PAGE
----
Running Xubuntu 16.04 here. My problem is that dnsmasq, as started by NetworkManager, ignores the dnsmasq.conf files in /etc/dnsmasq, /etc/NetworkManager/dnsmasq.d, and /etc/NetworkManager/dnsmasq-shared.d. Instead, NetworkManager starts dnsmasq with this command:

9949 ?        S      0:00 /usr/sbin/dnsmasq --conf-file --no-hosts --keep-in-foreground --bind-interfaces --except-interface=lo --clear-on-reload --strict-order --listen-address= --dhcp-range=,,60m --dhcp-option=option:router, --dhcp-lease-max=50 --pid-file=/var/run/nm-dnsmasq-wlan1.pid --conf-dir=/etc/NetworkManager/dnsmasq-shared.d

I can find nowhere on my system where an address range of,,60m is specified.

Where is this coming from???

  • Do you have the file /etc/dnsmasq.conf or /etc/dnsmasq? Looks like the manual expects the former. A restart would be necessary of the service after a change as well.
    – 111---
    Aug 8, 2017 at 16:41
  • Yup, I have /etc/dnsmasq.conf. And /etc/NetworkManager/dnsmasq.d/dnsmasq.conf. Both are ignored. And yes, there have been several system restarts. Aug 8, 2017 at 22:36
  • I believe that the problems is caused by the "--conf-file (blank)" directive being issued by NetworkManager when it starts dnsmasq. How can I remove this directive from the command line that NetworkManager is issuing? Apparently a test that NetworkManager is performing is not working properly: strings /usr/sbin/NetworkManager|grep conf_file conf_file != NULL Sep 17, 2017 at 19:15
  • On my system dnsmasq is not being started by init, but by NetworkManager. NetworkManager (a binary) is generating the command internally and (I believe) blowing it when checking for the definition of an environment variable called 'conf_file'. Oct 7, 2017 at 15:41
  • Exporting "conf_file=dnsmasq.conf" in the NetworkManager startup script didn't work. Here's the two relevant lines from syslog: Oct 6 11:19:44 localhost dnsmasq-dhcp[13278]: DHCP, IP range --, lease time 12h Oct 6 11:19:44 localhost dnsmasq-dhcp[13278]: DHCP, IP range --, lease time 1h Apparently, the environment variable was detected and used to produce the first line, which was immediately undone by the second line. Oct 7, 2017 at 15:41

2 Answers 2


OK, got it. direct from the source, file : nm-dnsmasq-manager.c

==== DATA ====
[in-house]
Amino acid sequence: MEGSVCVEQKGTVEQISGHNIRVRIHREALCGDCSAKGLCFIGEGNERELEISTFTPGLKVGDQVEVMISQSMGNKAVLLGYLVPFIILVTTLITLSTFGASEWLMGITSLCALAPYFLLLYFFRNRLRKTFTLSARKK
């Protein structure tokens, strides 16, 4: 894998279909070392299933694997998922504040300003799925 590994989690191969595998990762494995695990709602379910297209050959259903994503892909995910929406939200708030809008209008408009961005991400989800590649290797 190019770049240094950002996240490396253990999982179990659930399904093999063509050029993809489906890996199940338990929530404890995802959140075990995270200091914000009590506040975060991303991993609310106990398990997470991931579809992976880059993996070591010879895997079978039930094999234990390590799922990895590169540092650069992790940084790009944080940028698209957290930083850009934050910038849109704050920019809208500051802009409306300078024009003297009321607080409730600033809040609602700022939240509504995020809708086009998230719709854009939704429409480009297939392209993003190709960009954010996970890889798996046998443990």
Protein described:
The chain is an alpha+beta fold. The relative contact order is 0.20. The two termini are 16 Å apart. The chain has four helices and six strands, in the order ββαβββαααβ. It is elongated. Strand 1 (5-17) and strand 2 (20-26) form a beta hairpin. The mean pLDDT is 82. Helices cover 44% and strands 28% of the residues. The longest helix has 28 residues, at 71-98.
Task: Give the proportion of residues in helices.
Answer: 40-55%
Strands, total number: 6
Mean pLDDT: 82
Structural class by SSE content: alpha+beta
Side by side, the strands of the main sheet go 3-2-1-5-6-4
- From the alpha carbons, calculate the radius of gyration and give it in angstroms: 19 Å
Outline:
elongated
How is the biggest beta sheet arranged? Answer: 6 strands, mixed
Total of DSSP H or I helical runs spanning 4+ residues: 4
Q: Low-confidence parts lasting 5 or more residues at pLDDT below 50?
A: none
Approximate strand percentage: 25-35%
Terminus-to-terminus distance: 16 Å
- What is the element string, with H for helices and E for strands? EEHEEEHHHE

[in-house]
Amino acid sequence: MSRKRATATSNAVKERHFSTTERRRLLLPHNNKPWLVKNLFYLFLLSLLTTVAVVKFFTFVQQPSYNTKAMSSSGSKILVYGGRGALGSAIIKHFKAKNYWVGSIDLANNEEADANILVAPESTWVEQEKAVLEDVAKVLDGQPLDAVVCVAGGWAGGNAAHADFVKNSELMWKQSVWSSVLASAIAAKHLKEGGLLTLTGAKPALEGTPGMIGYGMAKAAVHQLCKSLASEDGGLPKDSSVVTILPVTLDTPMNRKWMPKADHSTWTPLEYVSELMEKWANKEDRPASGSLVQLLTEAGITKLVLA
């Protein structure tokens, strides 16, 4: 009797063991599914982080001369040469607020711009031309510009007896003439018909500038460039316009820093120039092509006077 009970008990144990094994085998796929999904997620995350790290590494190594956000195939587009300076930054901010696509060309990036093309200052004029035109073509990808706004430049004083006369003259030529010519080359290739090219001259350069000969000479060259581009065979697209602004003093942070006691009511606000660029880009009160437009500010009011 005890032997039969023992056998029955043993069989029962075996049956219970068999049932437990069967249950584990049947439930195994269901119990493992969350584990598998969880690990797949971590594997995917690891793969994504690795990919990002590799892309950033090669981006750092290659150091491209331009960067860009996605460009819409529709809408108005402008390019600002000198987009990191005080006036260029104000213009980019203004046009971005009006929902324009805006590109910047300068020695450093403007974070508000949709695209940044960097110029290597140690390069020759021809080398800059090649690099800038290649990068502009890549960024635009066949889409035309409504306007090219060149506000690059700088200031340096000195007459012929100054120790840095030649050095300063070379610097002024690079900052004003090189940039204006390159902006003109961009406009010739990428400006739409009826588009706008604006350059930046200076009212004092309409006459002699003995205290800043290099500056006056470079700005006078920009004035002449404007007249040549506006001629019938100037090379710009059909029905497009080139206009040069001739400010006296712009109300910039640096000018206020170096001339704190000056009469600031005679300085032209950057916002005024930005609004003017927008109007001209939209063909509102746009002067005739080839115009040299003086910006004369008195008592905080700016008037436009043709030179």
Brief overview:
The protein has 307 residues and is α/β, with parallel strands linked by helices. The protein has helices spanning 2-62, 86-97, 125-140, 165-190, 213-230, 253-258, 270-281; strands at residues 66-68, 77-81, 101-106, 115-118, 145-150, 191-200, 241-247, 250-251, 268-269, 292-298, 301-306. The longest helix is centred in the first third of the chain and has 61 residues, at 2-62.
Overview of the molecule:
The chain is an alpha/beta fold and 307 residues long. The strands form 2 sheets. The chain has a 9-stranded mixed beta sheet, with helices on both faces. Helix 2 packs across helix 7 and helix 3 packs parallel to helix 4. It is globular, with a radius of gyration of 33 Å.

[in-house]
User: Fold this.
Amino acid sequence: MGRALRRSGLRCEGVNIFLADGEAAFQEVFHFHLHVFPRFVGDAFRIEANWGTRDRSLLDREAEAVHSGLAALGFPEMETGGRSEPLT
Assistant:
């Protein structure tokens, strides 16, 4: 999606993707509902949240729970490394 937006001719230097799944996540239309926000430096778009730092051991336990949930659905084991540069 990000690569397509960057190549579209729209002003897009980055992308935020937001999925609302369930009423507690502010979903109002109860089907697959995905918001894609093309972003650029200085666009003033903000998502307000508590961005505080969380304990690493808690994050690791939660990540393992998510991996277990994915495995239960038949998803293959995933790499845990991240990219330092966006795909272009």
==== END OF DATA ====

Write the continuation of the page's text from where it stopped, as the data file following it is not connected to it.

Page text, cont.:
/* dnsmasq may read from it's default config file location, which if that location is a valid config file, it will combine with the options here and cause undesirable side-effects. Like sending bogus IP addresses as the gateway or whatever. So tell dnsmasq not to use any config file at all. */

NetworkManager is jealous of dnsmasq configuration values, and will not allow outside interference with them. NetworkManager internally builds and issues the command line that starts dnsmasq, and in doing so, includes the --conf-file (blank) directive, which prevents use of any user or system-supplied dnsmasq configuration file.

  • 2
    Explain it to me like I’m five years old — how does this answer the question? Do not respond in comments; edit your answer to make it clearer and more complete. Oct 10, 2017 at 16:24

Context/Cause: NetworkManager, being a Lennard Poettering project, is openly hostile towards Unixy things, and tries to replace GNU and call itself “the Linux”. Therefore, it shuns tried and tested principles like “everything is a file”. Leading to it offering command line interfaces for configuration, that are using some “automagical” state files in the back (because Linux is still Unixy, imagine that).

Intended solution

So the way it is intended to be configured, is to either

nmcli connection modify MyConnection ipv4.addresses # Set the IP range here
nmcli connection up MyConnection # Restart the connection to apply it

Which, on Linux Mint, can be done via the GUI too, by editing the connection, and adding a line to the table below “Address(es)” in the IPv4 and IPv6 tabs. (Though this is confusing, and may result in merely assigning secondary addresses without removing the “automagic” one.)

Professional solution

Or we can just alter the files that these commands modify, and gain the ability to apply such changes even when we don’t want to execute anything. (Like when provisioning machines in a company network.) Which, on Linux Mint, would be:

vi /etc/NetworkManager/system-connections/MyConnection.nmconnection # Or in my case, is just copy the file over from my central storage.
nmcli connection reload # Only necessary when there is no boot following
nmcli connection up MyConnection # ditto


In any case, replace MyConnection by the name of your connection, that you can find via nmcli connection or in the id field of the [connection] section of your .nmconnection file. (Note that the file name may escape some special characters and hence not be exactly the same. And if done manually, does not need to be the same at all.)

It seems e.g. would set the server’s own IP to and give the clients an IP in the range to I’d prefer it if the server’s IP could be set separately, but at least it does the job.

What I haven’t included here, is how to do it when you need to bridge two networks so they have the same IP range. (Like a laptop usually connecting via WIFI, but getting the same server IP address when connecting via Ethernet cable for speed.)

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